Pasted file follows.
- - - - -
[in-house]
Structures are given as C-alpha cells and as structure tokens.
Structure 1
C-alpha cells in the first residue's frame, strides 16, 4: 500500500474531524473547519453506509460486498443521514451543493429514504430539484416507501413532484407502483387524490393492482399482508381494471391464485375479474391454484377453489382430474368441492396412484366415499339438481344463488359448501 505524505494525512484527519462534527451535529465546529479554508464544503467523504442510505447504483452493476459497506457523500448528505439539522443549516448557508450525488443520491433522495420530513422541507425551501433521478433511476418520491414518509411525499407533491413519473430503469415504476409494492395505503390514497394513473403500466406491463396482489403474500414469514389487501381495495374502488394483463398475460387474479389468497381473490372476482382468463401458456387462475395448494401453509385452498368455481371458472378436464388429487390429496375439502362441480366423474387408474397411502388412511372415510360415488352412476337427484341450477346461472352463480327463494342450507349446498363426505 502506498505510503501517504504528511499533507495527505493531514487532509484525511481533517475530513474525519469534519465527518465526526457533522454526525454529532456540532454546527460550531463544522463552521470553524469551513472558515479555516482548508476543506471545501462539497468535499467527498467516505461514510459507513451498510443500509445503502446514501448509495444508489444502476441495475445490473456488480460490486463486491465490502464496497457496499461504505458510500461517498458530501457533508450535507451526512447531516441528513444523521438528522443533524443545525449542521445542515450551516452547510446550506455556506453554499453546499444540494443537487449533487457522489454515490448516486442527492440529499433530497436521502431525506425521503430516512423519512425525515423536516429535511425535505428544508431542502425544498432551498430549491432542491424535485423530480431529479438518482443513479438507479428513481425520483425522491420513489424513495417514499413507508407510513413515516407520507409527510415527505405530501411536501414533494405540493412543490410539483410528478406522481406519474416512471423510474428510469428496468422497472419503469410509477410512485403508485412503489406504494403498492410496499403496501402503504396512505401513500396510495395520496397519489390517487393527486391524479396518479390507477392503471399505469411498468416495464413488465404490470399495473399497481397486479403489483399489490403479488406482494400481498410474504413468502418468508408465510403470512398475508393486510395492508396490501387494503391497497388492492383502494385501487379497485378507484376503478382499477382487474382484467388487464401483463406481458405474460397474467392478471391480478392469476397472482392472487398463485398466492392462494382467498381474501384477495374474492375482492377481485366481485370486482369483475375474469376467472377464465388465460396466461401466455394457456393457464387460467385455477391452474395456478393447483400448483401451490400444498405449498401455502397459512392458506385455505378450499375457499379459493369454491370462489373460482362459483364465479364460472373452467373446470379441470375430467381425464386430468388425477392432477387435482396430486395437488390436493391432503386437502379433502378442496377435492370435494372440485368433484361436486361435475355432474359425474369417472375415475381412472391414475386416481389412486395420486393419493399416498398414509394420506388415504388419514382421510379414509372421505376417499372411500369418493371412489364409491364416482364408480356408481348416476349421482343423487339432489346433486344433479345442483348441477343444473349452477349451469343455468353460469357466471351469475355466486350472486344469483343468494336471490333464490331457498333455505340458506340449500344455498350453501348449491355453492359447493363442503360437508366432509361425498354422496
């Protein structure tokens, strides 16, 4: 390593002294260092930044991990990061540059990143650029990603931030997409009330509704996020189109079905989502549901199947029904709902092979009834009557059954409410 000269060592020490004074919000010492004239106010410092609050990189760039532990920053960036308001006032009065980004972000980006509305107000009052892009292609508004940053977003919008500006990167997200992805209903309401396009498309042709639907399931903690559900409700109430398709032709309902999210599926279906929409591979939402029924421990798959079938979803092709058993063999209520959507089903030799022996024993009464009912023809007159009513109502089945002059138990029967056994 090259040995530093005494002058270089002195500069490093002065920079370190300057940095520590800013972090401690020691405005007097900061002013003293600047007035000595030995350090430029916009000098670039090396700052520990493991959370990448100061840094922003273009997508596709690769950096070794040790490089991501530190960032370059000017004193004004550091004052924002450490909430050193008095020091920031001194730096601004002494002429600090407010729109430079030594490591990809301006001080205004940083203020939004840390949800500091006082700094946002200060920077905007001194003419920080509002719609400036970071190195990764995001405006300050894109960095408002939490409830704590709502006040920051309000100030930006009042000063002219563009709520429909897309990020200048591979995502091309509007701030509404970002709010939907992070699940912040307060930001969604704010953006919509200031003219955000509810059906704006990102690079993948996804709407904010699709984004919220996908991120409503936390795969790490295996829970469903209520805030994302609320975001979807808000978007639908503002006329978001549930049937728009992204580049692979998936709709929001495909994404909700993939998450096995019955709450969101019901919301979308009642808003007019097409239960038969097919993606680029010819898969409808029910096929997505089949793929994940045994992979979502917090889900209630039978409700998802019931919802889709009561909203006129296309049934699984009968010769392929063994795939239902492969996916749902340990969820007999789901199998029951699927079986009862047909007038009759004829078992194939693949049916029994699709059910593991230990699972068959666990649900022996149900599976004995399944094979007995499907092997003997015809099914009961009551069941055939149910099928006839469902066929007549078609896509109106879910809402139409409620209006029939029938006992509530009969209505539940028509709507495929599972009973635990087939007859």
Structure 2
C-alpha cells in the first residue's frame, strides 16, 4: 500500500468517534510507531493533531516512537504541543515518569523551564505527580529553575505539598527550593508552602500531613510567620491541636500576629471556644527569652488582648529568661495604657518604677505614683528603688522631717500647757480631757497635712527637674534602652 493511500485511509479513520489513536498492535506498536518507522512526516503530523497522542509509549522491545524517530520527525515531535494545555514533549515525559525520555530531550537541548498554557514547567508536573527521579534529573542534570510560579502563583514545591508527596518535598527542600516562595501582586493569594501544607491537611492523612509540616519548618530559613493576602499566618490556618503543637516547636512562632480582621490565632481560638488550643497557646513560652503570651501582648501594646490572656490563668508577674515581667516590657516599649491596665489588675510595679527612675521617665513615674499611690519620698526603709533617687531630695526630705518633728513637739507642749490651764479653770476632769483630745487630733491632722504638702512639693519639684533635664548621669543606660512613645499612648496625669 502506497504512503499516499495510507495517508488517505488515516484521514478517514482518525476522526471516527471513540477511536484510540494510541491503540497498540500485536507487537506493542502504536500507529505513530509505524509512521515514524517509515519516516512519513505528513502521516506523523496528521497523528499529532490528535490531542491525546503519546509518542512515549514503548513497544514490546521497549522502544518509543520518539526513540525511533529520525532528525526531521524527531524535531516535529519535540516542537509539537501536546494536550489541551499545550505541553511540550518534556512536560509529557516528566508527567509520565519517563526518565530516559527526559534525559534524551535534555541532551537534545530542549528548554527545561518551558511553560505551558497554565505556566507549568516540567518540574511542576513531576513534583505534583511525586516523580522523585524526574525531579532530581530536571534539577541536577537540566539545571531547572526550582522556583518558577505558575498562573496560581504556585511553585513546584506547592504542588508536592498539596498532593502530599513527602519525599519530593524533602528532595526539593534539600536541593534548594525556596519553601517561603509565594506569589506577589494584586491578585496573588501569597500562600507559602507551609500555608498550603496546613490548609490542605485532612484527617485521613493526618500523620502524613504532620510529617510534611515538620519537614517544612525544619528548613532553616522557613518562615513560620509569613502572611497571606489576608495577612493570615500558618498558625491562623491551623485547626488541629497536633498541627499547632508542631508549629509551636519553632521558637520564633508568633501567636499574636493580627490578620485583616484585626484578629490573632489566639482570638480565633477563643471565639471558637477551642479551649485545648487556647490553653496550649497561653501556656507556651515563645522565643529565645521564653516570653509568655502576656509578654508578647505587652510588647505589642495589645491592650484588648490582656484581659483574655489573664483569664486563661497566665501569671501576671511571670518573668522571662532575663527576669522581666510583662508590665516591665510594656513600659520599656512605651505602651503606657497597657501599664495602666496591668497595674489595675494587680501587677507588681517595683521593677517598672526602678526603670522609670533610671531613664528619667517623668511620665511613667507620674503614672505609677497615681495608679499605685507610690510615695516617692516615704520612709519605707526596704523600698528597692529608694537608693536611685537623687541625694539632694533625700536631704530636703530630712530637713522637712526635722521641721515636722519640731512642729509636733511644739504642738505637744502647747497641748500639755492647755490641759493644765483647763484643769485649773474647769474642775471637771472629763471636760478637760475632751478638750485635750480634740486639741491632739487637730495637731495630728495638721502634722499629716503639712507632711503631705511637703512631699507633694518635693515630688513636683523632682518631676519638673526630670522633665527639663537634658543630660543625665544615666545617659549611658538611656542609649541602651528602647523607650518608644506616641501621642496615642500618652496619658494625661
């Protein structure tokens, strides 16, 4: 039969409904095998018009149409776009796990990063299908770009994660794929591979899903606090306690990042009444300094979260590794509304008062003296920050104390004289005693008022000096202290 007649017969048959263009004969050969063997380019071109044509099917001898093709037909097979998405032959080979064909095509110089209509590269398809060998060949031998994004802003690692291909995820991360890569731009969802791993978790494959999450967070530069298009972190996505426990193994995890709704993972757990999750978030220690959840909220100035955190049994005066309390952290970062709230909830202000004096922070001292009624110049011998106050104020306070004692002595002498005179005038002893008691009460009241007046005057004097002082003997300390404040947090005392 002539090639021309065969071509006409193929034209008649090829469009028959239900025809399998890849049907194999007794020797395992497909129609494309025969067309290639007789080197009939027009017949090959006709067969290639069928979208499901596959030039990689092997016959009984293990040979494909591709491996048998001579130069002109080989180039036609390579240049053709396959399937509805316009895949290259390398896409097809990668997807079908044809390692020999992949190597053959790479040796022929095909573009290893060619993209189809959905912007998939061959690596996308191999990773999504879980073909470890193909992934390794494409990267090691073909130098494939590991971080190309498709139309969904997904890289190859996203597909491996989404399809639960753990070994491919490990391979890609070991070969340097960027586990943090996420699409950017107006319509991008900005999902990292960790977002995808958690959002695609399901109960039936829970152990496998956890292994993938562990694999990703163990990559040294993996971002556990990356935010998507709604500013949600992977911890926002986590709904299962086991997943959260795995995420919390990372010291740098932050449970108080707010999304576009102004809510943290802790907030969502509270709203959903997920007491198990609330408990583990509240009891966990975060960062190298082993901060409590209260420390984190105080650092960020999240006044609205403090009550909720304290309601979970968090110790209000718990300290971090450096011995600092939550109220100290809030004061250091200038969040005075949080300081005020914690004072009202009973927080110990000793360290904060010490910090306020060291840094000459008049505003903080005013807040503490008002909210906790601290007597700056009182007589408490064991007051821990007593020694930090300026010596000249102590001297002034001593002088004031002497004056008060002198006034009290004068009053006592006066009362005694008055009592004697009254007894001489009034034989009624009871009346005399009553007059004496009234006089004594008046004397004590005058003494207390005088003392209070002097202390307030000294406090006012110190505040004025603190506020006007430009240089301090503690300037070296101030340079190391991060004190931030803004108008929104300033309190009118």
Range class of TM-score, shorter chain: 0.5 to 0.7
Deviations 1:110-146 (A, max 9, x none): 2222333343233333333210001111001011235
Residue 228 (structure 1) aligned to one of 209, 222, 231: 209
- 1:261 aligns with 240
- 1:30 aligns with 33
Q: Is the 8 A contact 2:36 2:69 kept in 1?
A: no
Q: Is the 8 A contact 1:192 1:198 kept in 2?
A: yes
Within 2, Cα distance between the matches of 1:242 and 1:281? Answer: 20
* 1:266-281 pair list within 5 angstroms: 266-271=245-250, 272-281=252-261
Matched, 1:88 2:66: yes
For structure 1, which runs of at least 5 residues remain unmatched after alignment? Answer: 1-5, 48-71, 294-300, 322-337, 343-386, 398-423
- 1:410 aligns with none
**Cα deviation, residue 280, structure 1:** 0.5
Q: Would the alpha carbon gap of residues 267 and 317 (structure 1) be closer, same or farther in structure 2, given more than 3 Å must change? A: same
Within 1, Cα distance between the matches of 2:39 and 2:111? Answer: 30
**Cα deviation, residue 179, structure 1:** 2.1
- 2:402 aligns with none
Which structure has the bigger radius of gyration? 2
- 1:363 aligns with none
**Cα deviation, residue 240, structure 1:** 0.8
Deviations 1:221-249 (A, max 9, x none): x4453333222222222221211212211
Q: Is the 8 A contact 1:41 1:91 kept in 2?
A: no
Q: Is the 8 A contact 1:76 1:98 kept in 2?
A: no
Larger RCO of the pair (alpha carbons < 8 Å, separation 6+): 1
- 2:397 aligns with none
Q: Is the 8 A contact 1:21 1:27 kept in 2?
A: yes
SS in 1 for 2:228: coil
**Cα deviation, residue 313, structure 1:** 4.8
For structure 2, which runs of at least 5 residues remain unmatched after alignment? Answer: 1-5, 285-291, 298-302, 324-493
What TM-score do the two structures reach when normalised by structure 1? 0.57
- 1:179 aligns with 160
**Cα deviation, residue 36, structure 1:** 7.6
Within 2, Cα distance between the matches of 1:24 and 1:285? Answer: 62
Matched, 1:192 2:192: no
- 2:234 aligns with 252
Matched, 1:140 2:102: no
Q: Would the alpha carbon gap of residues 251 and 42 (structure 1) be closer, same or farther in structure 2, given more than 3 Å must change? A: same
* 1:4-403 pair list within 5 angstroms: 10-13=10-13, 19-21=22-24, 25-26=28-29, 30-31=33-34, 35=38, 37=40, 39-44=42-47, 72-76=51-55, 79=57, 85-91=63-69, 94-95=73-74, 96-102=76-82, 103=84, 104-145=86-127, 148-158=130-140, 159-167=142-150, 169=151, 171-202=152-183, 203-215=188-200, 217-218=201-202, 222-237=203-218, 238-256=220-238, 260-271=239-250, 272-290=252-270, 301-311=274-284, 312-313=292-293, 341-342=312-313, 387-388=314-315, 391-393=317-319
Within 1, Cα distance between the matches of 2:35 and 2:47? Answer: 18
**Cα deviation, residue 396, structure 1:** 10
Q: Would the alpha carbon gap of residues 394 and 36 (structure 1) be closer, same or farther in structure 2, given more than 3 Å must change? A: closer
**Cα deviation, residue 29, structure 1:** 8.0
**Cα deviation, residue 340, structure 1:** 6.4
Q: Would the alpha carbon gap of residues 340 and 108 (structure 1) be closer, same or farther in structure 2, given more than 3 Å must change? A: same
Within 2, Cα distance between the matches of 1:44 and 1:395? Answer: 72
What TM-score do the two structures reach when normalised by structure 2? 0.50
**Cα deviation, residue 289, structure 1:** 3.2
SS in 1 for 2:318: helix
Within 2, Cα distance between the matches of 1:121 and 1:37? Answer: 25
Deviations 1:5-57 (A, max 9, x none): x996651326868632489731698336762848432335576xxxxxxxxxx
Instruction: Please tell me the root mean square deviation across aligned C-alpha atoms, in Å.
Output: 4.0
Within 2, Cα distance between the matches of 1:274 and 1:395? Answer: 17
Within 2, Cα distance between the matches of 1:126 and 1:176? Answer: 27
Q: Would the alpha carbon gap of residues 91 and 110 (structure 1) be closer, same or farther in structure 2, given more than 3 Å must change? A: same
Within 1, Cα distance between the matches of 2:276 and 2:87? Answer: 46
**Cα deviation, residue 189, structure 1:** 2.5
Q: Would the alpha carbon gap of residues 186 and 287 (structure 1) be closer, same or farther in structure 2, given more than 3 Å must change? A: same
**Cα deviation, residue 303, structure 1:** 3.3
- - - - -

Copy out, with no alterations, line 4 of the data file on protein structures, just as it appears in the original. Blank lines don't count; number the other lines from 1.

C-alpha cells in the first residue's frame, strides 16, 4: 500500500474531524473547519453506509460486498443521514451543493429514504430539484416507501413532484407502483387524490393492482399482508381494471391464485375479474391454484377453489382430474368441492396412484366415499339438481344463488359448501 505524505494525512484527519462534527451535529465546529479554508464544503467523504442510505447504483452493476459497506457523500448528505439539522443549516448557508450525488443520491433522495420530513422541507425551501433521478433511476418520491414518509411525499407533491413519473430503469415504476409494492395505503390514497394513473403500466406491463396482489403474500414469514389487501381495495374502488394483463398475460387474479389468497381473490372476482382468463401458456387462475395448494401453509385452498368455481371458472378436464388429487390429496375439502362441480366423474387408474397411502388412511372415510360415488352412476337427484341450477346461472352463480327463494342450507349446498363426505 502506498505510503501517504504528511499533507495527505493531514487532509484525511481533517475530513474525519469534519465527518465526526457533522454526525454529532456540532454546527460550531463544522463552521470553524469551513472558515479555516482548508476543506471545501462539497468535499467527498467516505461514510459507513451498510443500509445503502446514501448509495444508489444502476441495475445490473456488480460490486463486491465490502464496497457496499461504505458510500461517498458530501457533508450535507451526512447531516441528513444523521438528522443533524443545525449542521445542515450551516452547510446550506455556506453554499453546499444540494443537487449533487457522489454515490448516486442527492440529499433530497436521502431525506425521503430516512423519512425525515423536516429535511425535505428544508431542502425544498432551498430549491432542491424535485423530480431529479438518482443513479438507479428513481425520483425522491420513489424513495417514499413507508407510513413515516407520507409527510415527505405530501411536501414533494405540493412543490410539483410528478406522481406519474416512471423510474428510469428496468422497472419503469410509477410512485403508485412503489406504494403498492410496499403496501402503504396512505401513500396510495395520496397519489390517487393527486391524479396518479390507477392503471399505469411498468416495464413488465404490470399495473399497481397486479403489483399489490403479488406482494400481498410474504413468502418468508408465510403470512398475508393486510395492508396490501387494503391497497388492492383502494385501487379497485378507484376503478382499477382487474382484467388487464401483463406481458405474460397474467392478471391480478392469476397472482392472487398463485398466492392462494382467498381474501384477495374474492375482492377481485366481485370486482369483475375474469376467472377464465388465460396466461401466455394457456393457464387460467385455477391452474395456478393447483400448483401451490400444498405449498401455502397459512392458506385455505378450499375457499379459493369454491370462489373460482362459483364465479364460472373452467373446470379441470375430467381425464386430468388425477392432477387435482396430486395437488390436493391432503386437502379433502378442496377435492370435494372440485368433484361436486361435475355432474359425474369417472375415475381412472391414475386416481389412486395420486393419493399416498398414509394420506388415504388419514382421510379414509372421505376417499372411500369418493371412489364409491364416482364408480356408481348416476349421482343423487339432489346433486344433479345442483348441477343444473349452477349451469343455468353460469357466471351469475355466486350472486344469483343468494336471490333464490331457498333455505340458506340449500344455498350453501348449491355453492359447493363442503360437508366432509361425498354422496